Early life and miscellaneous
Ruben Selles Salvador to give him his full name (yep, he’s literally called “Saviour”, read into that what you will) was born on June 15 1983 in Valencia. The Selles family are match-going Valencia fans; this included Ruben himself in his early years and his long-term ambition is to become Valencia manager one day.
In his teenage years he played on an amateur basis as a defender for various Valencia-based sides: Parreta CF, Burjassot CF and the University of Valencia team, which began as a university side before becoming a federated team. However, he decided early on that he wanted to go down another route, starting his coaching career at the age of 16 when he managed Parreta’s under-9s.
Selles began studying two years later, taking a BA in physical science and sport at the University of Valencia from 2001 to 2006. Later studies included a doctorate in sports sciences at the University of Valencia in 2007 and a masters in high performance in collective sports at INEFC in Barcelona from 2006 to 2009. His final project there was entitled Planning a Greek Super League soccer team (by this point he’d started work at Aris Thessaloniki as a fitness coach).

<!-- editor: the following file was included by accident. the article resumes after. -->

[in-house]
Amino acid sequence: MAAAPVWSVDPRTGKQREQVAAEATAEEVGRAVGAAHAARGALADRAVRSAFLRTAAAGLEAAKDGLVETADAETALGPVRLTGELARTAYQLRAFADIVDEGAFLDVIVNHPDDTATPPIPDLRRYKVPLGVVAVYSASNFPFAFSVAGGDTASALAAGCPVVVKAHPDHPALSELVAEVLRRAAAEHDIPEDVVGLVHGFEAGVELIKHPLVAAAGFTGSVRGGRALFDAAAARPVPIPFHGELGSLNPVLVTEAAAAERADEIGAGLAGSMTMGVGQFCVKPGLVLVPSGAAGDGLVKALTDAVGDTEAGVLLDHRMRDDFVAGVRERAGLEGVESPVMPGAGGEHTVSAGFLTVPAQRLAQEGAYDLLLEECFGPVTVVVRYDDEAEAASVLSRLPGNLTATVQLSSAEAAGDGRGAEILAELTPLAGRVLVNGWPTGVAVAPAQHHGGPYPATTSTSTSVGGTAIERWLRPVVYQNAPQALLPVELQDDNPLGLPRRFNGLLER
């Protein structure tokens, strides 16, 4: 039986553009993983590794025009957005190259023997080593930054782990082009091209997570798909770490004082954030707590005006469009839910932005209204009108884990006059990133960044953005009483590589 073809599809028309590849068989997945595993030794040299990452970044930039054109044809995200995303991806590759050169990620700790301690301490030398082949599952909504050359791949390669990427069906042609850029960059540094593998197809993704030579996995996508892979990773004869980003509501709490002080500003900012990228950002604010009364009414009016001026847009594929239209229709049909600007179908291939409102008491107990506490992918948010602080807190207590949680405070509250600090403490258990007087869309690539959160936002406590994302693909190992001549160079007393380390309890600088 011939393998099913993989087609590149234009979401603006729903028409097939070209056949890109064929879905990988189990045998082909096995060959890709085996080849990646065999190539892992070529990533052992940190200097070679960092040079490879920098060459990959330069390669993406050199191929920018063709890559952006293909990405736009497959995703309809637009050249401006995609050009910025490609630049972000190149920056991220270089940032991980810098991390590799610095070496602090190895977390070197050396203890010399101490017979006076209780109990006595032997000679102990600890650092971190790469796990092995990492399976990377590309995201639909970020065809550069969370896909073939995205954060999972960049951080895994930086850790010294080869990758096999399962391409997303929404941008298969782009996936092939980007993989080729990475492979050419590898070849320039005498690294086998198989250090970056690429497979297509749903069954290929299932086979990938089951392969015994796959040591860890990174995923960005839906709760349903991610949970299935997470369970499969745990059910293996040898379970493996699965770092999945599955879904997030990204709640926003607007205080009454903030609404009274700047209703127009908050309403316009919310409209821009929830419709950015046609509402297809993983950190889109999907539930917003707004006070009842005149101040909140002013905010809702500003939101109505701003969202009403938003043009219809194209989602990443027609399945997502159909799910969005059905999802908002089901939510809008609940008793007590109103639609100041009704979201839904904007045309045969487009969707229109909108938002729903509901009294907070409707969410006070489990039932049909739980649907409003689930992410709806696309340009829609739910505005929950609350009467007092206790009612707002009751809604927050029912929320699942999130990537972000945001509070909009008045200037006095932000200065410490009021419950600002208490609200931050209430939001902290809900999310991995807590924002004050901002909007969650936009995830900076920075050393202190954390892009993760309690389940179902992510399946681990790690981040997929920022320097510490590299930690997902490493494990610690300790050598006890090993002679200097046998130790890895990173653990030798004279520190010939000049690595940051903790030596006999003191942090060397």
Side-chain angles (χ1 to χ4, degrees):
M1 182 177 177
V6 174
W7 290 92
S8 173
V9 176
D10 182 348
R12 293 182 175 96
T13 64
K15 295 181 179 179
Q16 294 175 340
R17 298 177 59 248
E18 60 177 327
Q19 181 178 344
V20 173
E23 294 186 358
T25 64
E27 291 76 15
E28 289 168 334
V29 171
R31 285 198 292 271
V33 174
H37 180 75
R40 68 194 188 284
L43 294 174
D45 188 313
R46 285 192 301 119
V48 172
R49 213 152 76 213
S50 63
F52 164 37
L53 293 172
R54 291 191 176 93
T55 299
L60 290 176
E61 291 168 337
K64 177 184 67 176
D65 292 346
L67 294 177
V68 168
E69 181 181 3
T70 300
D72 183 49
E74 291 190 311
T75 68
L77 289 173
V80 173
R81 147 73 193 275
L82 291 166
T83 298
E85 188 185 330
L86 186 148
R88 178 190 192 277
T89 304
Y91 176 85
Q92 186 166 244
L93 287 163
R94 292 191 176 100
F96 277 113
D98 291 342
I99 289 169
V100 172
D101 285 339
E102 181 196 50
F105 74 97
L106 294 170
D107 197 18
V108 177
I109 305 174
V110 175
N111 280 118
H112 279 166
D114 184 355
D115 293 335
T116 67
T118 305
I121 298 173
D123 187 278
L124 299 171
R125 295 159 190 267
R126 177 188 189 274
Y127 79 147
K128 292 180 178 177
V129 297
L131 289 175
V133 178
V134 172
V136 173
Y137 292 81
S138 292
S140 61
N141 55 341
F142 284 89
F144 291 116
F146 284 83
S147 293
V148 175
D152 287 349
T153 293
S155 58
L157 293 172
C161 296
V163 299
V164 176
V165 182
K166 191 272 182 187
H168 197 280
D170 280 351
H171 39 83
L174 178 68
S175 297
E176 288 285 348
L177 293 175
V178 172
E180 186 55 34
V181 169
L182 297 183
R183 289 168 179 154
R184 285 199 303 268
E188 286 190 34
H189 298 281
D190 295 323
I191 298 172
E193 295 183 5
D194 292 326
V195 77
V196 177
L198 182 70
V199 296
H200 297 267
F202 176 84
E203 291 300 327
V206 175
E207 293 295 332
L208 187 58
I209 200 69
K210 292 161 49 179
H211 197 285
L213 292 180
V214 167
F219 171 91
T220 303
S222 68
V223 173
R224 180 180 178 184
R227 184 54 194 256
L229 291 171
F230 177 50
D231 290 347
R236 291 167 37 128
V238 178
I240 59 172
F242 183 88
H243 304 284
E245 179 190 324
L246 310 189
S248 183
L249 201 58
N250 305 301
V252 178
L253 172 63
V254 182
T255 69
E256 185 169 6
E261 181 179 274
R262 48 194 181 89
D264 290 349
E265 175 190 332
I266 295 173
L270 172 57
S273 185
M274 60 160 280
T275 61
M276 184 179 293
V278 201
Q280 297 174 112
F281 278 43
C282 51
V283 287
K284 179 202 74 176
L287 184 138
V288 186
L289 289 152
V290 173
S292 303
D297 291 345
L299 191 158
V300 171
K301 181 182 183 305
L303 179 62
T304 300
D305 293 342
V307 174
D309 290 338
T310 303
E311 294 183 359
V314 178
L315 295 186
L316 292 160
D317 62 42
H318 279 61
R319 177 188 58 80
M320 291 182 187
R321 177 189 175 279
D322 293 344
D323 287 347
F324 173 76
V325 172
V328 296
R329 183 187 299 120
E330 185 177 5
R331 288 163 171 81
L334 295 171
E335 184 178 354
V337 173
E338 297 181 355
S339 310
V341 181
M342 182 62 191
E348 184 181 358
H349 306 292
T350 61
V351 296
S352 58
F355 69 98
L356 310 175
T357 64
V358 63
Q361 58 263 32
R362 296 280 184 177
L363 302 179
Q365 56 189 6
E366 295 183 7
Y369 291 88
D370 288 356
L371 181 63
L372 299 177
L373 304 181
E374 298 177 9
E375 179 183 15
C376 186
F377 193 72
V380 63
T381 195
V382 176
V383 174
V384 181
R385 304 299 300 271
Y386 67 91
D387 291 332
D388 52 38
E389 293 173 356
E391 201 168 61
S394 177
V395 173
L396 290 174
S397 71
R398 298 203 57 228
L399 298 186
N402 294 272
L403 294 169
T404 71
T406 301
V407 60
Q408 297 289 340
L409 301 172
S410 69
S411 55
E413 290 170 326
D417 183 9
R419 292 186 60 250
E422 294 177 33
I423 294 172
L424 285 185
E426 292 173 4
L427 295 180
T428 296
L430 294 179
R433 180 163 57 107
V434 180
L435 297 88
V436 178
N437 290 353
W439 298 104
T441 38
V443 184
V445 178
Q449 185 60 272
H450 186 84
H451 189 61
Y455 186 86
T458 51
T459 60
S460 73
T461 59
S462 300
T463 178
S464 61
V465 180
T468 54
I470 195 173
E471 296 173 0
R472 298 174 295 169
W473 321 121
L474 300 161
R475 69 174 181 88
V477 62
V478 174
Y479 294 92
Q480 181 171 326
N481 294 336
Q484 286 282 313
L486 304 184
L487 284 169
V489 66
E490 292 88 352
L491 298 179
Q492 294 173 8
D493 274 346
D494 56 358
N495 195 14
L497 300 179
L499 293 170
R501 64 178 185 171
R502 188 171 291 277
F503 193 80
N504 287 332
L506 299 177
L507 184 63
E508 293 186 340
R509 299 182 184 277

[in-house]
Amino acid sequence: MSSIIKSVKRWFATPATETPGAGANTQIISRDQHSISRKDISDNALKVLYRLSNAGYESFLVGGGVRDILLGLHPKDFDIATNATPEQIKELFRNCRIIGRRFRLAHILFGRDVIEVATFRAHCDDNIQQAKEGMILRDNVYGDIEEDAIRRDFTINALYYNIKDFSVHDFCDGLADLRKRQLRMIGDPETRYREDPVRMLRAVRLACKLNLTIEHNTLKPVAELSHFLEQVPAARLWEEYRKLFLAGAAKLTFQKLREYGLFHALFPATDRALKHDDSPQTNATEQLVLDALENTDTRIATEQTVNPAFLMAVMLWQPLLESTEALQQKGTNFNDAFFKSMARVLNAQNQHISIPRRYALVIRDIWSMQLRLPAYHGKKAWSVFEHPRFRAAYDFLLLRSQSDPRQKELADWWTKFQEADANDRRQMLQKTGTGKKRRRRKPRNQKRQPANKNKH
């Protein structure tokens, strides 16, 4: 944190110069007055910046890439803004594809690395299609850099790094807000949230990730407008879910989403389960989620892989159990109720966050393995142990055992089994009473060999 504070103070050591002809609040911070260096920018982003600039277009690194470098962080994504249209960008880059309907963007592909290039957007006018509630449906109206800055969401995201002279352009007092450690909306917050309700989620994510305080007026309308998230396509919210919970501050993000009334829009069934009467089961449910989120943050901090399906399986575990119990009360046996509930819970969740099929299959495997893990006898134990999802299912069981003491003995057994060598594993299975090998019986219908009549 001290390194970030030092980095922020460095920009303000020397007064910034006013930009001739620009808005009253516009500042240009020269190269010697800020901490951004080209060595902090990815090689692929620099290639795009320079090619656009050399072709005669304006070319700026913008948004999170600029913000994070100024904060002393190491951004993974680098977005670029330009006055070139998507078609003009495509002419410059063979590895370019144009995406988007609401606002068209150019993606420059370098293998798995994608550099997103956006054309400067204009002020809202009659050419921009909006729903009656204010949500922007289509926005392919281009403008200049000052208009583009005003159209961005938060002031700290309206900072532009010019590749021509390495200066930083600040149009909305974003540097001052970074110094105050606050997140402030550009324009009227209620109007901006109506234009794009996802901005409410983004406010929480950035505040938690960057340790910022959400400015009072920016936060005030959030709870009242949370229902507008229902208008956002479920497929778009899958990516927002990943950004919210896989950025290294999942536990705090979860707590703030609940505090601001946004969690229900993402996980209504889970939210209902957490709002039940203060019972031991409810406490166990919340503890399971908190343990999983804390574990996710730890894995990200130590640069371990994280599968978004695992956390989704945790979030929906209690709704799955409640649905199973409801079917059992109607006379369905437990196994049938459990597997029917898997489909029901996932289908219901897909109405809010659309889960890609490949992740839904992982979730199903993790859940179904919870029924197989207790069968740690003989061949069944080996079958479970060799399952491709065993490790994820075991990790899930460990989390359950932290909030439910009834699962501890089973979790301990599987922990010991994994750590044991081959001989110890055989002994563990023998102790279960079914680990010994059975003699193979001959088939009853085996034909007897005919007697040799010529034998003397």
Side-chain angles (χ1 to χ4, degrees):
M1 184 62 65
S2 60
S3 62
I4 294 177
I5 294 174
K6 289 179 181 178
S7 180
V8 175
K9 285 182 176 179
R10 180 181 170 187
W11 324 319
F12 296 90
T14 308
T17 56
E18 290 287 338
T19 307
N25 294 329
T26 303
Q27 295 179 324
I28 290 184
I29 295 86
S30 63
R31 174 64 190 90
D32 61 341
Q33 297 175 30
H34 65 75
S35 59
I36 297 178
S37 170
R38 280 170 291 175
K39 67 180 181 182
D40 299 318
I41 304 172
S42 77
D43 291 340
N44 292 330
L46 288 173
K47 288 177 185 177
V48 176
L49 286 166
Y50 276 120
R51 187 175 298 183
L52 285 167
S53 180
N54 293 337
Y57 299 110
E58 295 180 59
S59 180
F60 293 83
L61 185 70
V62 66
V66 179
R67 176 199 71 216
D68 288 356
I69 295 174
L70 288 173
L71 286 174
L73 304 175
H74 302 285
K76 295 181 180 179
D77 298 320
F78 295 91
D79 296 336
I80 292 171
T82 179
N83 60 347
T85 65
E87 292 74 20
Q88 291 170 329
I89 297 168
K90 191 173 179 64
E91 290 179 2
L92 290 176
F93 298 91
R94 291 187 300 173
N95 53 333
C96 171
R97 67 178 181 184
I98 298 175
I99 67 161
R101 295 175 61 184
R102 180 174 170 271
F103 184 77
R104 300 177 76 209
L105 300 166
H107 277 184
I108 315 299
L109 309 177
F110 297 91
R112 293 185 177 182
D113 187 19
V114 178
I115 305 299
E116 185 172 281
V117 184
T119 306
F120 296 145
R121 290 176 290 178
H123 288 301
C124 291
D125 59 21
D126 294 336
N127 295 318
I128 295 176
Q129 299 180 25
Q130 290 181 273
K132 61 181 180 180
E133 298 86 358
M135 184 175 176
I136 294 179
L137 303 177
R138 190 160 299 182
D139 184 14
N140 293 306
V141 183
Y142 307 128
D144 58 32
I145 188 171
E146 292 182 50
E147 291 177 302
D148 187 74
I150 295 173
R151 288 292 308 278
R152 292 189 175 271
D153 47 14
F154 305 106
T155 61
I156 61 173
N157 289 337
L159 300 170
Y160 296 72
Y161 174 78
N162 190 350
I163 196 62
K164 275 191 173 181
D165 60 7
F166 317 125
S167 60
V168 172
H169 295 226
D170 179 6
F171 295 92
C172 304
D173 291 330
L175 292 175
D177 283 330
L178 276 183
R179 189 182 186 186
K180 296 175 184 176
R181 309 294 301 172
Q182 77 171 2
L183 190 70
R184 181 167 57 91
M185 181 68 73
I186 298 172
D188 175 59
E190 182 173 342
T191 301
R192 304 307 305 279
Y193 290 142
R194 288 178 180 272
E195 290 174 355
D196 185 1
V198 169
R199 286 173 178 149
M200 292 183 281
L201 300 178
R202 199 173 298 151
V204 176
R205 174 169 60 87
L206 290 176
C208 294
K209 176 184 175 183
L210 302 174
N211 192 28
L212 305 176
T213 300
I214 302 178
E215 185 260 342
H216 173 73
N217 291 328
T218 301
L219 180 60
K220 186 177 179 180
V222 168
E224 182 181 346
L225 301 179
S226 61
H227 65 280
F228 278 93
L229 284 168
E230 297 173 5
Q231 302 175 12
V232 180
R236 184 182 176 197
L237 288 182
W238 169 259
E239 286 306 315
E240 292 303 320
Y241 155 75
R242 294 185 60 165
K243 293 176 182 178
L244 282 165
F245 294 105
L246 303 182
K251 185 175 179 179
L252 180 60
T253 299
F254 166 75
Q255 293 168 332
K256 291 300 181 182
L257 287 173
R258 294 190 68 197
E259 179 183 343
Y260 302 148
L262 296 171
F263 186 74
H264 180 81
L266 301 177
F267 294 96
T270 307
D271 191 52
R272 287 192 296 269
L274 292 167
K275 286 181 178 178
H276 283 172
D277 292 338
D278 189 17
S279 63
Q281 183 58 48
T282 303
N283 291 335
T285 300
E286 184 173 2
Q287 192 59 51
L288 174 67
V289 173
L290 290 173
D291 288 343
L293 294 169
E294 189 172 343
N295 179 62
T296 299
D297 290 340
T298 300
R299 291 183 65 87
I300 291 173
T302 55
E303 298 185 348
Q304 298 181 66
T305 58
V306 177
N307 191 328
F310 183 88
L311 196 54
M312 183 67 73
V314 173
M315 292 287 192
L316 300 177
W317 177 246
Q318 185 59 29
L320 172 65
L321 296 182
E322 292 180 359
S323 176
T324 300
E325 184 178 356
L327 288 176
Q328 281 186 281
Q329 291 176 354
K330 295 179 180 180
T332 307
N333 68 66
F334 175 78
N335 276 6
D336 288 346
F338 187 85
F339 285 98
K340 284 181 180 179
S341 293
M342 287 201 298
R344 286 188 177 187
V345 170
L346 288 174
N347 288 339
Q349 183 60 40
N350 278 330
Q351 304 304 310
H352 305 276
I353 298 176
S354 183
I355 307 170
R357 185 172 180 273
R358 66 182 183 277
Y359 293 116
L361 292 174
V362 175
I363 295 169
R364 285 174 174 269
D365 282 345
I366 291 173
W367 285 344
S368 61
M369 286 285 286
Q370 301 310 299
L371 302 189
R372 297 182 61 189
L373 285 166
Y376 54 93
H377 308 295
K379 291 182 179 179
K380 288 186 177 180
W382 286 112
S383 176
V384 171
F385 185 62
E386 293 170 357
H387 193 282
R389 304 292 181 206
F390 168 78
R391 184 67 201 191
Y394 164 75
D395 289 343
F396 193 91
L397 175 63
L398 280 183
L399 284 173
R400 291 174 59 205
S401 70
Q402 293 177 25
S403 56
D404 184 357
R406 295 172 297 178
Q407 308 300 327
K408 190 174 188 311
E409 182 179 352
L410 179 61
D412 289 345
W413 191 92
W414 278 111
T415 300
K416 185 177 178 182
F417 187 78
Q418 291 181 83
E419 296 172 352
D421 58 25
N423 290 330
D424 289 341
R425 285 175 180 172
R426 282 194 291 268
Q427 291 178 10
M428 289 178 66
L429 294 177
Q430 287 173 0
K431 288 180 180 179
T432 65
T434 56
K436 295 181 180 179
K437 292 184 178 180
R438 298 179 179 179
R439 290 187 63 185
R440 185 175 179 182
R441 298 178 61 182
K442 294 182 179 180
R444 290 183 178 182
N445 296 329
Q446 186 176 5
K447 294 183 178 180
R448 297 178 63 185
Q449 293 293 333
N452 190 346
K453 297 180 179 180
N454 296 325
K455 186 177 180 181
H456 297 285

He picked up his UEFA Pro License at the age of 25, studying alongside one Carlos Corberan. In fact, the two studied together at university for five years so will know each other well.